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Introduction
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Health literacy is the degree to which individuals have the capacity to obtain, process, and understand basic health information and services needed to make appropriate health care decisions (IOM, 2004).




 

 

Low health literacy is a significant problem in the United States, with more than 36 percent of the adult population (approximately 80 million people) having poor health literacy (AHRQ, 2011). While a lack of health literacy is more likely to be an issue with more vulnerable populations, the problem affects all social and demographic groups. Some of the difficulties experienced by individuals with limited health literacy include problems in communicating with clinicians, greater barriers in managing chronic illness, less likelihood of receiving preventive care, a greater likelihood of experiencing serious medication errors, increased risk of hospitalization, and poorer quality of life (AHRQ, 2011).

The Institute of Medicine (IOM) Roundtable on Health Literacy focuses on bringing together leaders from the federal government, foundations, health plans, associations, and private companies to address challenges facing health literacy practice and research and to identify approaches to promote health literacy in both the public and private sectors. The roundtable serves to educate the public, press, and policy makers regarding the issues of health literacy, sponsoring workshops to

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1 This workshop was organized by an independent planning committee whose role was limited to identification of topics and speakers. This workshop summary was prepared by the rapporteur as a factual summary of the presentations and discussions that took place at the workshop. Statements, recommendations, and opinions expressed are those of individual presenters and participants, and are not necessarily endorsed or verified by the Roundtable or the National Academies, and they should not be construed as reflecting any group consensus.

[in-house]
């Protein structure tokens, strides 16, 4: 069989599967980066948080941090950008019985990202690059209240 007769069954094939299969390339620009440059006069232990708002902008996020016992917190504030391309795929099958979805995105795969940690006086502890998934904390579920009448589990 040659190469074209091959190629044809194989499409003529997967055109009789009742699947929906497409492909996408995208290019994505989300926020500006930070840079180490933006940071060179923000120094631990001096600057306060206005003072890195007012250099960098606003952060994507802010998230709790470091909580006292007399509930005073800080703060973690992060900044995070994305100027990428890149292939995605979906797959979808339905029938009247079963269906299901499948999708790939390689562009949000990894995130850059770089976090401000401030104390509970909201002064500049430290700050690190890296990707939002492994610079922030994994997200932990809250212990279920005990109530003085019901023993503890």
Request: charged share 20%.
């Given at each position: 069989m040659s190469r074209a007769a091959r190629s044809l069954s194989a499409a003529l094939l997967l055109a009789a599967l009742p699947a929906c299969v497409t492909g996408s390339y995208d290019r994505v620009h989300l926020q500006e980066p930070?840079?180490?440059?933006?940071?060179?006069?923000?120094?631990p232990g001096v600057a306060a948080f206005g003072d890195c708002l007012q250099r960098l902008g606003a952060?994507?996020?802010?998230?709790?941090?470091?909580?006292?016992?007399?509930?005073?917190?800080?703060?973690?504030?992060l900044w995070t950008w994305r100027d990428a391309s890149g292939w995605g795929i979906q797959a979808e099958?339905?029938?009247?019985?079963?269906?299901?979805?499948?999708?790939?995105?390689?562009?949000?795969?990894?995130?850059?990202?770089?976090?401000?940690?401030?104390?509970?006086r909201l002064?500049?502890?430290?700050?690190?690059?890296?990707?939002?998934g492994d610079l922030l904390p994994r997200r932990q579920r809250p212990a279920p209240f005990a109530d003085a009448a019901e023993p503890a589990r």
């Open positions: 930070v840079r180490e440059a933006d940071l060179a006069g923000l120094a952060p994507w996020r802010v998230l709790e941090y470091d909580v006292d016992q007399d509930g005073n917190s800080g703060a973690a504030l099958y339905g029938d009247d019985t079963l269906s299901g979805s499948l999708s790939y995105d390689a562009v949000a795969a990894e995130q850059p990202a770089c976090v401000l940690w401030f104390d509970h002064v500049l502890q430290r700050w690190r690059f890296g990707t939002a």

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1 Introduction1 Health literacy is the degree to which individuals have the capacity to obtain, process, and understand basic health information and services needed to make appropriate health care decisions (IOM, 2004). Low health literacy is a significant problem in the United States, with more than 36 percent of the adult population (approximately 80 million people) having poor health literacy (AHRQ, 2011). While a lack of health literacy is more likely to be an issue with more vulnerable populations, the problem affects all social and demographic groups. Some of the dif- ficulties experienced by individuals with limited health literacy include problems in communicating with clinicians, greater barriers in manag - ing chronic illness, less likelihood of receiving preventive care, a greater likelihood of experiencing serious medication errors, increased risk of hospitalization, and poorer quality of life (AHRQ, 2011). The Institute of Medicine (IOM) Roundtable on Health Literacy focuses on bringing together leaders from the federal government, foun - dations, health plans, associations, and private companies to address challenges facing health literacy practice and research and to identify approaches to promote health literacy in both the public and private sectors. The roundtable serves to educate the public, press, and policy makers regarding the issues of health literacy, sponsoring workshops to 1 This workshop was organized by an independent planning committee whose role was limited to identification of topics and speakers. This workshop summary was prepared by the rapporteur as a factual summary of the presentations and discussions that took place at the workshop. Statements, recommendations, and opinions expressed are those of in - dividual presenters and participants, and are not necessarily endorsed or verified by the Roundtable or the National Academies, and they should not be construed as reflecting any group consensus. 1